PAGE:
Monday, August 20, 2007

This is a book blog but from time to time I feature stories from other parts of the art world, especially opera which is one of my great passions.

Here then is John Daly-Peoples writing in the National Business Review Friday 17 August about FIDELIO performed in the Auckland Town Hall a week ago.
It is my last word on Fidelio.

Fidelio by Beethoven
Auckland Philharmonia & Chapman Tripp Chorus of the NBR New Zealand Opera
Auckland Twin Hall
August 19th

Beethoven’s Fidelio is probably one of the first modern operas dealing with political and social issues in a very obvious and direct manner. This is no allegory condemning the excesses of power; it is an obvious recounting of events which happened routinely both before and after the French Revolution, even though the opera is supposedly set in Spain.
Beethoven and his librettists attempted to celebrate the political and social changes which were transforming Europe
The opera threads a love story into a tale of political machinations. The personal quest of Leonora entering the prison to find her wrongly incarcerated husband becomes a metaphor for the wider search for truth and liberation
Much of the opera then has a political dimension so the recitatives and arias are at times more like lectures than drama events.
Fidelio more than many operas is well suited to a concert performance. Even the Wellington International Festival of the Arts version of five years was not a lot more than a concert version apart from the costuming and lighting.
The Auckland Philharmonia’s staging of the work although severely edited was a triumph. The orchestra was at its best, the singers provided a truly international quality performances and the Chapman Tripp chorus was inspiring
The seven singers managed to integrate the mixture of the personal and political making both the emotional reach of the opera as well as its polemic real and vibrant.
As the young love sick Marzeline Madeleine Pierard brought a beautifully nuanced voice which contrasted well with that of Erika Sunnergardh’s Leonora
With her gestures and deportment she gave the part an effervescent energy and vivacity
In the role of Leonora (Fidelio) Erika Sunnergardh gave a commanding presentation. In the first act she was relatively undemonstrative, her slight head movement, taut body and simple gestures helped convey the stress and anguish of the character. In the second act she displayed more passion and drama as the character moved from the depressed wife to dynamic rescuer.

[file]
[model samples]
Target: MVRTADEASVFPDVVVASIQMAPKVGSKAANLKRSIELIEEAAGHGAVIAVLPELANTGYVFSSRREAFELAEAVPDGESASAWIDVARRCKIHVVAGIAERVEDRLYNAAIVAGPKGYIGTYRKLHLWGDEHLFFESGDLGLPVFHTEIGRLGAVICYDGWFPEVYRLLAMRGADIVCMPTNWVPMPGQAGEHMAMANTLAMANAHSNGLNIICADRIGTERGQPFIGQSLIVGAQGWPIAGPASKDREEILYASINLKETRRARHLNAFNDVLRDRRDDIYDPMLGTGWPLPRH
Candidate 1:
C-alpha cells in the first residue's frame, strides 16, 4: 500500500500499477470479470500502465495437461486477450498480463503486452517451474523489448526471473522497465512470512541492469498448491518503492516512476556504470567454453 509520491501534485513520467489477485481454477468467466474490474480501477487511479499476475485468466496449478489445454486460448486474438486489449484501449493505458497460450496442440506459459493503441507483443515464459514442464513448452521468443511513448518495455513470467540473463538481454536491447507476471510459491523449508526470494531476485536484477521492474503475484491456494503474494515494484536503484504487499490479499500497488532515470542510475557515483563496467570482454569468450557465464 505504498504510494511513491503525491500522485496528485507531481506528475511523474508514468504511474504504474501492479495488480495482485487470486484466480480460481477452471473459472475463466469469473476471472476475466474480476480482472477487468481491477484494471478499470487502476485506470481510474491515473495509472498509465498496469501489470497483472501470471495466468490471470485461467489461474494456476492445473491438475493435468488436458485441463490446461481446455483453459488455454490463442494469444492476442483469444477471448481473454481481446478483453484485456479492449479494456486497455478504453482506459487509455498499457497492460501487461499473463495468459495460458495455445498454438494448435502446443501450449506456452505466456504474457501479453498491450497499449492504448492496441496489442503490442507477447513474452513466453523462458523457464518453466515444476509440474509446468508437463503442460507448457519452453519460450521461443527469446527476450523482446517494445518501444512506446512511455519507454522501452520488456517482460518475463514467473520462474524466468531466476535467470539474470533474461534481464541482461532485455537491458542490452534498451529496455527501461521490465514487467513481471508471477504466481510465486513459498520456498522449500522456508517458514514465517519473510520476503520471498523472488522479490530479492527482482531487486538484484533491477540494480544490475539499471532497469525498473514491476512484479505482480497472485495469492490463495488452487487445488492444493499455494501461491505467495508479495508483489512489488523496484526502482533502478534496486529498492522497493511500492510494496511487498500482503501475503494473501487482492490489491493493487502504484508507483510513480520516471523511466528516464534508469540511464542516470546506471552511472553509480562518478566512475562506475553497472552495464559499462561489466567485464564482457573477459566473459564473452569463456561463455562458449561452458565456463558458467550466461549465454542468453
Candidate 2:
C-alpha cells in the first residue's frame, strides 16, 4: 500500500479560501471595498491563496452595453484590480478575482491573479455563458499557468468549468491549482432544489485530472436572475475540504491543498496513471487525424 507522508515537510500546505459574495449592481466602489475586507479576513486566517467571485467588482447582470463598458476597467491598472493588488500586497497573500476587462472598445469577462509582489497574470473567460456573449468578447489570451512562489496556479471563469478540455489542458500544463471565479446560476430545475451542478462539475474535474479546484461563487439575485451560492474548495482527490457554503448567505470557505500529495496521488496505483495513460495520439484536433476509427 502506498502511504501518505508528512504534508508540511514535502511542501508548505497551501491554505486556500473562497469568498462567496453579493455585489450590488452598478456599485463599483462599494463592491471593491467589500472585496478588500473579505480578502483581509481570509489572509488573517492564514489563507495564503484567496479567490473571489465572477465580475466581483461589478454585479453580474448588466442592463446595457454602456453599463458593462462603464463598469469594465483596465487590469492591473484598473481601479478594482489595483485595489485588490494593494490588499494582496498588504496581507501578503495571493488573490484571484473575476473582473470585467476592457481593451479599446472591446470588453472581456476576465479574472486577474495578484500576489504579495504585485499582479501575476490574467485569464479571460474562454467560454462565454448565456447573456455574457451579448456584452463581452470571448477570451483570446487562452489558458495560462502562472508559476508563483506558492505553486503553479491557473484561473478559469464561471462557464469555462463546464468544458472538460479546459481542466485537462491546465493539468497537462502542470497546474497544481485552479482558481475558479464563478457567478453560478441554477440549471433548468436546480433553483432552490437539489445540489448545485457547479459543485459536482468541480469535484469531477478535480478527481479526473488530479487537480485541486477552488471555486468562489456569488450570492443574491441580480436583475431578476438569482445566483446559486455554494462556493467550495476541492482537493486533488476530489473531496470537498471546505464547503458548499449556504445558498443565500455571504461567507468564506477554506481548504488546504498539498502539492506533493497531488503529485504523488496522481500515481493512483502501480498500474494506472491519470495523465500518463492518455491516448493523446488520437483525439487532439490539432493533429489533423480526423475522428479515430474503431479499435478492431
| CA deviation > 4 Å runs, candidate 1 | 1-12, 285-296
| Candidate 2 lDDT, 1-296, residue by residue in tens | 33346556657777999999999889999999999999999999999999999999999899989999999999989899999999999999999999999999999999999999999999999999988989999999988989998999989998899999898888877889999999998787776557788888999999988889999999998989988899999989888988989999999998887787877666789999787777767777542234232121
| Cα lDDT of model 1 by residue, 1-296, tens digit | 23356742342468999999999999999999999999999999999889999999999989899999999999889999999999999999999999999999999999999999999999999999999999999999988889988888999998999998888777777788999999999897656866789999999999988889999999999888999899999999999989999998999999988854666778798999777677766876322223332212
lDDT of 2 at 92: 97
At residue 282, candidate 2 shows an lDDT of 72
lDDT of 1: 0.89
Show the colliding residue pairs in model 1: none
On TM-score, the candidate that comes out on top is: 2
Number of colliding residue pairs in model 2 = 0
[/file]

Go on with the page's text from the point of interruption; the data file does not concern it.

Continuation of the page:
Her voice was full of colour and expressed the fear, love, courage, anger and sadness which the part requires. She gave an insight into the character in a way that the libretto often fails to convey.
Peteris Eglitis as the Governor Don Pizarro sang with an urgency and forcefulness conveying a totalitarian malevolence.
Andrew Greenan as Rocco, the jailer was impressive in his role as the jailer expressing his conflicting views on the fate of Florestan with a voice tinged with sadness.
Simon O’Neill gave a electrifying as the heroic Florestan. His rich tenor voice expressed the weary fortitude of the condemned man as well as the anguish of meeting Leonora in an engaging and poignant performance.
In some ways he is a metaphor for the composer himself. In his opening aria he sings of”The terrifying silence”, acknowledgment of Beethoven’s deafness
For the most part in this opera it is the music which carries the drama and the Auckland Philharmonia under the control Jonas Alber provided that drama as he coaxed a superb richness of sound out of them.
Albers became one of the major performers on the stage as he conducted. At times he was like a frenetic piston engine forcing out the dramatic passages while at others he lightly danced on the podium serenading the players.
use of a narrator to take the audience through the story is a new international trend particularly with Fidelio. It seems to be an unnecessary inclusion which detracted from the drama of the music as well as the flow of the opera and anyway the words of the singers are projected as sur-titles for all to see.
Beryl Te Wiata read superbly but it seemed odd to have an eighty year old reading the words of Leonora who is supposed to be at leats half that age.

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